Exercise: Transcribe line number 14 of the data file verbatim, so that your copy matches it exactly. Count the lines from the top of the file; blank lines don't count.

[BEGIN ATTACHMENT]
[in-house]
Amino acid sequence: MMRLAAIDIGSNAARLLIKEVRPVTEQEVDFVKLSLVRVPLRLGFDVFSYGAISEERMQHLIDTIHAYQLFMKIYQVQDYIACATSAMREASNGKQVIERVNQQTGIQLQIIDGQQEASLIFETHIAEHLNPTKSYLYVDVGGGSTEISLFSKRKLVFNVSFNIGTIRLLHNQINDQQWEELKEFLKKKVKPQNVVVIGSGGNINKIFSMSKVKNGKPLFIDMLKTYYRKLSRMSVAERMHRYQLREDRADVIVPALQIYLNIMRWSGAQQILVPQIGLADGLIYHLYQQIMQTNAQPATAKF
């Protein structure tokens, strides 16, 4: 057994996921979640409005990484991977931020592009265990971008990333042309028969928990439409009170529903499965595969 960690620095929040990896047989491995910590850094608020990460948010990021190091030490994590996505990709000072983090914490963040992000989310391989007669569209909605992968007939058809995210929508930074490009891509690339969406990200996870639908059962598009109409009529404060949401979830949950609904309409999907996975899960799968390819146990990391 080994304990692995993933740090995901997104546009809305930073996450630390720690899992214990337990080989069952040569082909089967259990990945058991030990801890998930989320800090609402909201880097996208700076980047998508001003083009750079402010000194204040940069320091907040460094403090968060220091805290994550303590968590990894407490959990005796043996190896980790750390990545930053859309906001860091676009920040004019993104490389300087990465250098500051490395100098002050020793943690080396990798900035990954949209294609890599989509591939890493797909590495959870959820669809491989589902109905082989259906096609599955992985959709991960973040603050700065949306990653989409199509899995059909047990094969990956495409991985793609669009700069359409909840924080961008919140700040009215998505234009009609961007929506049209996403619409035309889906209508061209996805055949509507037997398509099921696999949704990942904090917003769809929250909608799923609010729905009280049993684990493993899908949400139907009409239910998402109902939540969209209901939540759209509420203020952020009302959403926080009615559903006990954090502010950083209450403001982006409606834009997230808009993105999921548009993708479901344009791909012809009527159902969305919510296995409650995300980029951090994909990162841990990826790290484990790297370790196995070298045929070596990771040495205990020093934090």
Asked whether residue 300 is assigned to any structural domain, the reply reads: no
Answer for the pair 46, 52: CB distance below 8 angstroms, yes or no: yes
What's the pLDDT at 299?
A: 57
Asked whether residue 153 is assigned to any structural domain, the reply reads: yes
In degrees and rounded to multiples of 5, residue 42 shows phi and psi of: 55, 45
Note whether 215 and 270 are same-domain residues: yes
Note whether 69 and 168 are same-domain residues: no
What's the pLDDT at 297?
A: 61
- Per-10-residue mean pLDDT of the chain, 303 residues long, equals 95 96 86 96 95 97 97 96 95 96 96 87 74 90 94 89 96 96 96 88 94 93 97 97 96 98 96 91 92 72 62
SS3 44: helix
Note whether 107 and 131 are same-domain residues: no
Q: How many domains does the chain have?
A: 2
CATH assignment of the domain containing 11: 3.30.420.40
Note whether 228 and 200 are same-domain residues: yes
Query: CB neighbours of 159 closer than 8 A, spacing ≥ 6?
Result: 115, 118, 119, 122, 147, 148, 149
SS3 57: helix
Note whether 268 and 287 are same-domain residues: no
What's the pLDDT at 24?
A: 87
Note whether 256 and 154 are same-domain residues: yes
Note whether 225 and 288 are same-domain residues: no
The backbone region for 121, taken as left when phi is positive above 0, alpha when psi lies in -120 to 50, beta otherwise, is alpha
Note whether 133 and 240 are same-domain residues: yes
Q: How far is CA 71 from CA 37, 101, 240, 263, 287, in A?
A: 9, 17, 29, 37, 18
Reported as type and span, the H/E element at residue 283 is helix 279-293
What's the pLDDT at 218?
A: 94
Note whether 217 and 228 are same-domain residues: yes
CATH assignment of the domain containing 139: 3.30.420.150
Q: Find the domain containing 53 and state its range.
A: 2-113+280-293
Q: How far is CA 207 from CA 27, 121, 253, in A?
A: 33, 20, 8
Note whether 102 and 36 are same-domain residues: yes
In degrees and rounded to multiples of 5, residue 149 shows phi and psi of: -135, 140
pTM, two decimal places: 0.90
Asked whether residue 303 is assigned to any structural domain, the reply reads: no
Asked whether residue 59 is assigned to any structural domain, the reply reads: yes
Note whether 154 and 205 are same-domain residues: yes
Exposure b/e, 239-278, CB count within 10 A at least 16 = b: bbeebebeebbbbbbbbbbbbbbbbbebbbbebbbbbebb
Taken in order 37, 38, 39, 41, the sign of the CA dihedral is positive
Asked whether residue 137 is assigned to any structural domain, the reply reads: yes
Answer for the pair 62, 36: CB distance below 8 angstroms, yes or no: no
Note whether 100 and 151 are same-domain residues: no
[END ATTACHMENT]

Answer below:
- Per-10-residue mean pLDDT of the chain, 303 residues long, equals 95 96 86 96 95 97 97 96 95 96 96 87 74 90 94 89 96 96 96 88 94 93 97 97 96 98 96 91 92 72 62